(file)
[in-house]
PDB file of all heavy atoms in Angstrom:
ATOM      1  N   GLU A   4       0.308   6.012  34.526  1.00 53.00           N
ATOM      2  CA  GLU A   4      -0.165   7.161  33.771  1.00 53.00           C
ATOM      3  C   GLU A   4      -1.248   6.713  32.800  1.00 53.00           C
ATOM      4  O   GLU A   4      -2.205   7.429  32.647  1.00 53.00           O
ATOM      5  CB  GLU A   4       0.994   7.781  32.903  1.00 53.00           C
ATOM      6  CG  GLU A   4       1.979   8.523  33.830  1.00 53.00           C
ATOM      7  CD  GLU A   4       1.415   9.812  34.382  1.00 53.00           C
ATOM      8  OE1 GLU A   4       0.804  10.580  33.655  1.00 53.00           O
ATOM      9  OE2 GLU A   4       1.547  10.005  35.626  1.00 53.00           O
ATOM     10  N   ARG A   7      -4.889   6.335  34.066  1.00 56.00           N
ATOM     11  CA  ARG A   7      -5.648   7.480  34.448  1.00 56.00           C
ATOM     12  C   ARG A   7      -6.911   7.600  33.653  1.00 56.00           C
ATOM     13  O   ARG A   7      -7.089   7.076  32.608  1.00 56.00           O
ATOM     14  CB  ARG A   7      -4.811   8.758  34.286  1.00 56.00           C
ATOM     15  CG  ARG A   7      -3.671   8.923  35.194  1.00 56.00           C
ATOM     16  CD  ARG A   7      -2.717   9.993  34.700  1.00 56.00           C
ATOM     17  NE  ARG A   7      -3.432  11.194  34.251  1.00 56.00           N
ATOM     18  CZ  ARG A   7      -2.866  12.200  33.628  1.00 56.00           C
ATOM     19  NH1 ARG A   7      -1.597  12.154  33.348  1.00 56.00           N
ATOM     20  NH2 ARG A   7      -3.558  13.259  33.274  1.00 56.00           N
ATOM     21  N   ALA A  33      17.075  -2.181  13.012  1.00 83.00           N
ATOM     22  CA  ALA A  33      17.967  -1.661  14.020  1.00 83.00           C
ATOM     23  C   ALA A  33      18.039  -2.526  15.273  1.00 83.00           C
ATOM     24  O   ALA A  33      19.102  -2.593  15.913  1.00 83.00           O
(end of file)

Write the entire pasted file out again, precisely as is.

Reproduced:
[in-house]
PDB file of all heavy atoms in Angstrom:
ATOM      1  N   GLU A   4       0.308   6.012  34.526  1.00 53.00           N
ATOM      2  CA  GLU A   4      -0.165   7.161  33.771  1.00 53.00           C
ATOM      3  C   GLU A   4      -1.248   6.713  32.800  1.00 53.00           C
ATOM      4  O   GLU A   4      -2.205   7.429  32.647  1.00 53.00           O
ATOM      5  CB  GLU A   4       0.994   7.781  32.903  1.00 53.00           C
ATOM      6  CG  GLU A   4       1.979   8.523  33.830  1.00 53.00           C
ATOM      7  CD  GLU A   4       1.415   9.812  34.382  1.00 53.00           C
ATOM      8  OE1 GLU A   4       0.804  10.580  33.655  1.00 53.00           O
ATOM      9  OE2 GLU A   4       1.547  10.005  35.626  1.00 53.00           O
ATOM     10  N   ARG A   7      -4.889   6.335  34.066  1.00 56.00           N
ATOM     11  CA  ARG A   7      -5.648   7.480  34.448  1.00 56.00           C
ATOM     12  C   ARG A   7      -6.911   7.600  33.653  1.00 56.00           C
ATOM     13  O   ARG A   7      -7.089   7.076  32.608  1.00 56.00           O
ATOM     14  CB  ARG A   7      -4.811   8.758  34.286  1.00 56.00           C
ATOM     15  CG  ARG A   7      -3.671   8.923  35.194  1.00 56.00           C
ATOM     16  CD  ARG A   7      -2.717   9.993  34.700  1.00 56.00           C
ATOM     17  NE  ARG A   7      -3.432  11.194  34.251  1.00 56.00           N
ATOM     18  CZ  ARG A   7      -2.866  12.200  33.628  1.00 56.00           C
ATOM     19  NH1 ARG A   7      -1.597  12.154  33.348  1.00 56.00           N
ATOM     20  NH2 ARG A   7      -3.558  13.259  33.274  1.00 56.00           N
ATOM     21  N   ALA A  33      17.075  -2.181  13.012  1.00 83.00           N
ATOM     22  CA  ALA A  33      17.967  -1.661  14.020  1.00 83.00           C
ATOM     23  C   ALA A  33      18.039  -2.526  15.273  1.00 83.00           C
ATOM     24  O   ALA A  33      19.102  -2.593  15.913  1.00 83.00           O